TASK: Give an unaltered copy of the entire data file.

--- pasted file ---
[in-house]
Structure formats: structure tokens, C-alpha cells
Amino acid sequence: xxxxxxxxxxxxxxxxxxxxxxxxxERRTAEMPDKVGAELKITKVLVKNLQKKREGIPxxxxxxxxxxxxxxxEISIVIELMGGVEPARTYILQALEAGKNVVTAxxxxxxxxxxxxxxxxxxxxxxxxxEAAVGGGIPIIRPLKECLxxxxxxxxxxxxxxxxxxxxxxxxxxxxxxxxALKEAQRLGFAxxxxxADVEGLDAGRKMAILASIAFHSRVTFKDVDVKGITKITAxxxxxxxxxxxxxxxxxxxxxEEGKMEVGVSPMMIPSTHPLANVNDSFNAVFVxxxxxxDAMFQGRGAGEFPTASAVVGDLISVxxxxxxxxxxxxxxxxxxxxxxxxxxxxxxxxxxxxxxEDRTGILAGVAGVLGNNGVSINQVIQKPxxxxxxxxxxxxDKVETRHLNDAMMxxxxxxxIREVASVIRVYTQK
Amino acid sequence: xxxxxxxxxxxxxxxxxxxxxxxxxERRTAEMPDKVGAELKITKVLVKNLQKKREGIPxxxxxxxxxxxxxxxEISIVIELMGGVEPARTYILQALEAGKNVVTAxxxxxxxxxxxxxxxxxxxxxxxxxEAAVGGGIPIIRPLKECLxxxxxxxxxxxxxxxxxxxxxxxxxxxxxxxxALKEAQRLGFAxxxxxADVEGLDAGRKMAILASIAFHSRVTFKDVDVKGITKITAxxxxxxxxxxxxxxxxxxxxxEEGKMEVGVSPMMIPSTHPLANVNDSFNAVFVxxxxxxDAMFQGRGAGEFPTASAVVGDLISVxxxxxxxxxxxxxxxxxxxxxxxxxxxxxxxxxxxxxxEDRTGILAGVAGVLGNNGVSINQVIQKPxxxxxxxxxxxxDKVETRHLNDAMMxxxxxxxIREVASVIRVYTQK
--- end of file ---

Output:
[in-house]
Structure formats: structure tokens, C-alpha cells
Amino acid sequence: xxxxxxxxxxxxxxxxxxxxxxxxxERRTAEMPDKVGAELKITKVLVKNLQKKREGIPxxxxxxxxxxxxxxxEISIVIELMGGVEPARTYILQALEAGKNVVTAxxxxxxxxxxxxxxxxxxxxxxxxxEAAVGGGIPIIRPLKECLxxxxxxxxxxxxxxxxxxxxxxxxxxxxxxxxALKEAQRLGFAxxxxxADVEGLDAGRKMAILASIAFHSRVTFKDVDVKGITKITAxxxxxxxxxxxxxxxxxxxxxEEGKMEVGVSPMMIPSTHPLANVNDSFNAVFVxxxxxxDAMFQGRGAGEFPTASAVVGDLISVxxxxxxxxxxxxxxxxxxxxxxxxxxxxxxxxxxxxxxEDRTGILAGVAGVLGNNGVSINQVIQKPxxxxxxxxxxxxDKVETRHLNDAMMxxxxxxxIREVASVIRVYTQK
Amino acid sequence: xxxxxxxxxxxxxxxxxxxxxxxxxERRTAEMPDKVGAELKITKVLVKNLQKKREGIPxxxxxxxxxxxxxxxEISIVIELMGGVEPARTYILQALEAGKNVVTAxxxxxxxxxxxxxxxxxxxxxxxxxEAAVGGGIPIIRPLKECLxxxxxxxxxxxxxxxxxxxxxxxxxxxxxxxxALKEAQRLGFAxxxxxADVEGLDAGRKMAILASIAFHSRVTFKDVDVKGITKITAxxxxxxxxxxxxxxxxxxxxxEEGKMEVGVSPMMIPSTHPLANVNDSFNAVFVxxxxxxDAMFQGRGAGEFPTASAVVGDLISVxxxxxxxxxxxxxxxxxxxxxxxxxxxxxxxxxxxxxxEDRTGILAGVAGVLGNNGVSINQVIQKPxxxxxxxxxxxxDKVETRHLNDAMMxxxxxxxIREVASVIRVYTQK